Studies included in the final analysis were those that reported associations between cannabis and testicular cancer. Studies were only included if data were provided from which summary associations (odds ratio or relative risks) and their 95 % confidence intervals could be calculated, or if these summary associations were provided by the authors themselves. All manuscripts that were considered relevant during the abstract screening process but ineligible for inclusion in our final analysis are listed in the supplementary material, along with justification for why they were ultimately excluded (Additional file 1).
For each included study, one reviewer (JG) extracted meta-data, which was then verified by a second reviewer (VS). Meta-data included: study design, year of publication, location of study, sample size (cases/controls) sources of data, exclusion criteria, adjustment for confounding, methods of cannabis exposure measurement, and estimate of the association between outcome and exposure (Table 2).
Assessment of study quality
The assessment of study quality and potential for bias is an essential feature of any systematic review. However, there remains no gold standard measure of study quality for observational research. In the absence of such a gold standard, it has been recommended that any tools used to measure study quality should be as specific as possible to the given topic, and involve a simple checklist as opposed to a scale or score . Given these factors, we assessed study quality and potential for bias using the criteria outlined in the Newcastle-Ottawa Quality Assessment Scale [15, 16], but did not determine a quality score . Two reviewers (JG and JS) independently assessed study quality against these criteria, with disagreements resolved by referral to a third reviewer (DS).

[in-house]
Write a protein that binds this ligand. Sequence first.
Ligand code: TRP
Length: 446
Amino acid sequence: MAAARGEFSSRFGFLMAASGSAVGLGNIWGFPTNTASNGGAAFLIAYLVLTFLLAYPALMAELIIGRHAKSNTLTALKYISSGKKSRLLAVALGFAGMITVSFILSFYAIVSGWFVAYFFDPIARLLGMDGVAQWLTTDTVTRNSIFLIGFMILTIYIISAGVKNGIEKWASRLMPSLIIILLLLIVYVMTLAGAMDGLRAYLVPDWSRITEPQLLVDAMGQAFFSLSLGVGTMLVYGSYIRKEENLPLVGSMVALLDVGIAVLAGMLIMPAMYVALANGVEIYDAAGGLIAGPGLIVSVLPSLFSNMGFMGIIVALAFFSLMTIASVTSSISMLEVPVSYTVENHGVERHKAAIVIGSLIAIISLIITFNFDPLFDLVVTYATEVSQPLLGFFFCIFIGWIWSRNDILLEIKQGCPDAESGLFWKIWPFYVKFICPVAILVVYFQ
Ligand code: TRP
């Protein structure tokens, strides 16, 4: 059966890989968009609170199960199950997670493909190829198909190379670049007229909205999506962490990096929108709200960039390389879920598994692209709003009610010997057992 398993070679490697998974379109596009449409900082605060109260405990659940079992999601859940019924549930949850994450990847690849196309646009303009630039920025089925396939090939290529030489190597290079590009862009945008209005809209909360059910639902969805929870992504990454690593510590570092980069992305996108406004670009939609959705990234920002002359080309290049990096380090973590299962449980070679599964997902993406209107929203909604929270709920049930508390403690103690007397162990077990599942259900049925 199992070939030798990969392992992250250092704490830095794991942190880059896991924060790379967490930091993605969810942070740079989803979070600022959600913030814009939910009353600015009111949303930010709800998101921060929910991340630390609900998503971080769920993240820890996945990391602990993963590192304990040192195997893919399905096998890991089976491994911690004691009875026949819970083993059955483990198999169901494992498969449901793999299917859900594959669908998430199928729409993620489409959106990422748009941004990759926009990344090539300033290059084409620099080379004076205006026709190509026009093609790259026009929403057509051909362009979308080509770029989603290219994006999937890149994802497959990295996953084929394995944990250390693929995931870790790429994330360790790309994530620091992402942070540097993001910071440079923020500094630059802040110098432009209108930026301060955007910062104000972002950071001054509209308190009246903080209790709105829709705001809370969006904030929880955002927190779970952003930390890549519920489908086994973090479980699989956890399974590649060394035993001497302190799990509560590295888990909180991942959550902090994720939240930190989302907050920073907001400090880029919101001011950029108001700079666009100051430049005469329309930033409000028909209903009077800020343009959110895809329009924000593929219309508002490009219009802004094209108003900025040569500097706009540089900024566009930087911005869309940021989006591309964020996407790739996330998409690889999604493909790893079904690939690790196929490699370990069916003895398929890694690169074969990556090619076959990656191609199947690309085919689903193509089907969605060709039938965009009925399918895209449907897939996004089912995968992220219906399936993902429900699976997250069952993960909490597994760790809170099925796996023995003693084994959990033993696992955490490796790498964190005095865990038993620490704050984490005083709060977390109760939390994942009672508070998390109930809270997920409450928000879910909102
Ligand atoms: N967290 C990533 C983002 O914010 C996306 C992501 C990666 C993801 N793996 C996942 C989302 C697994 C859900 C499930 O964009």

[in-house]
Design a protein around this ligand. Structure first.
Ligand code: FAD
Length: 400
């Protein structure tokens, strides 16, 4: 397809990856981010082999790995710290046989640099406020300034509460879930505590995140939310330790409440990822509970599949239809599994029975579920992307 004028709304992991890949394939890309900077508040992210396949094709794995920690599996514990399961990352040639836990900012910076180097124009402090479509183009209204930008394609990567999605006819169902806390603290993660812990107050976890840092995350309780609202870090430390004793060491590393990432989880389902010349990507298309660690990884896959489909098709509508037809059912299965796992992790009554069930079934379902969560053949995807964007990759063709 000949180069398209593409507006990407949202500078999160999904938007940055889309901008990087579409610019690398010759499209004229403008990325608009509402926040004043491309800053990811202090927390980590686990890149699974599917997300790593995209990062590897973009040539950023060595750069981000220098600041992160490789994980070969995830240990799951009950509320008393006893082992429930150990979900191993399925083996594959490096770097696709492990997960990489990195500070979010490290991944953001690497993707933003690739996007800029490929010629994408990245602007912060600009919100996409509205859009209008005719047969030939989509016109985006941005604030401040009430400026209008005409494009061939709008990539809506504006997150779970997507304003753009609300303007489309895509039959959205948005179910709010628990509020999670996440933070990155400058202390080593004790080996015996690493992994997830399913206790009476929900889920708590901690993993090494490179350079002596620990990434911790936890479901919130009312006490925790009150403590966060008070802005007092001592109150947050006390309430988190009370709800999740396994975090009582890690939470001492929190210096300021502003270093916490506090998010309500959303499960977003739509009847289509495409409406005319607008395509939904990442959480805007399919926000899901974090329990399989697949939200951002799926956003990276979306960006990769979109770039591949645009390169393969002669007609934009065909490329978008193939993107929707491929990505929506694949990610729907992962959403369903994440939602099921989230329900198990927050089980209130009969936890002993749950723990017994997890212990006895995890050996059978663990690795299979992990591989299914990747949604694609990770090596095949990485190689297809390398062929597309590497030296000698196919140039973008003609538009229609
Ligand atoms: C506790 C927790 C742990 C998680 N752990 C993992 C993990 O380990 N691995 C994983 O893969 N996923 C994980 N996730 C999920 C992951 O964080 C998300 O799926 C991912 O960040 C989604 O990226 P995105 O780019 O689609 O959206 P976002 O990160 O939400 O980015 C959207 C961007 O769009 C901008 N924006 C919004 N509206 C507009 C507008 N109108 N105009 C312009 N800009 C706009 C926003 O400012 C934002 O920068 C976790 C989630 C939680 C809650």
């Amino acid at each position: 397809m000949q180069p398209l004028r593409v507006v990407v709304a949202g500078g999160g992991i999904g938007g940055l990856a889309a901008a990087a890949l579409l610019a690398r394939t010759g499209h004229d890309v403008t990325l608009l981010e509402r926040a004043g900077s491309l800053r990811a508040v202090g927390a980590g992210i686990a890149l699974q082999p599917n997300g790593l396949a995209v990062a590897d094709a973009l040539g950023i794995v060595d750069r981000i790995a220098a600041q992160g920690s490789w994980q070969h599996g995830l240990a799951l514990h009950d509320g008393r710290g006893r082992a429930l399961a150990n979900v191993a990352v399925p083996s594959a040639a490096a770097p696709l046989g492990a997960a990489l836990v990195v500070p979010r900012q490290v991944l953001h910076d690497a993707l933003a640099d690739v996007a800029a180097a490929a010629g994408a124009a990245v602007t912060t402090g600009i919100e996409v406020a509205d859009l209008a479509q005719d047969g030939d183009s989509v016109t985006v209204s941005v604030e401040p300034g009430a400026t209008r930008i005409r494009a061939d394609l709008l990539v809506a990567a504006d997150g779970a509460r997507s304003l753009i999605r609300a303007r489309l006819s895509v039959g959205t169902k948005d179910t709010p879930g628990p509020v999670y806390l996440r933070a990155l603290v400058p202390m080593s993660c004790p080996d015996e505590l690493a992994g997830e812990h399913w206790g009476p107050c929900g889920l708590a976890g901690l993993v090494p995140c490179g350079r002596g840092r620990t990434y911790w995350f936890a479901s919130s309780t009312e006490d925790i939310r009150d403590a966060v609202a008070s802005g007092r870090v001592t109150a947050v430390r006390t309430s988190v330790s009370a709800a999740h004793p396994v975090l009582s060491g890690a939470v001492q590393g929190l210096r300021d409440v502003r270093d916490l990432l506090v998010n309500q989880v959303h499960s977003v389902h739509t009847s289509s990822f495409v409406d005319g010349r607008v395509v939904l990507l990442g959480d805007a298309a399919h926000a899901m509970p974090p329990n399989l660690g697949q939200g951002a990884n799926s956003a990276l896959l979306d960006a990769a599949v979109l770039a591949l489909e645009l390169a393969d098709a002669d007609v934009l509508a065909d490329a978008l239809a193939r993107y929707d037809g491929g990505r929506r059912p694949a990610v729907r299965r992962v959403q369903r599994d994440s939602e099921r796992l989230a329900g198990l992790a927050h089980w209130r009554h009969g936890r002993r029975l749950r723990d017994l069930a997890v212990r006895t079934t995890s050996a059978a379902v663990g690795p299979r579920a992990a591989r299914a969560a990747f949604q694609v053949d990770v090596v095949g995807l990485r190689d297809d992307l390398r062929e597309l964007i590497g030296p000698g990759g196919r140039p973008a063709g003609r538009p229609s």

Adjusted odds ratios were extracted from each included study (along with their 95 % confidence intervals). We tested for evidence of heterogeneity between studies using both the X 2 (p <0.1 indicating high inter-study heterogeneity) [18, 19] and I2 (0 % indicating no inter-study heterogeneity) [15, 19] tests. Using a random-effects model, we applied inverse-variance weighted methods for combining results across included studies to arrive at a final summary odds ratio (and associated 95 % confidence intervals) for the association between various levels of cannabis exposure and testicular cancer outcome (total and stratified by seminoma/non-seminoma tumours) . This analysis was completed in Stata v11.2 using the metan function .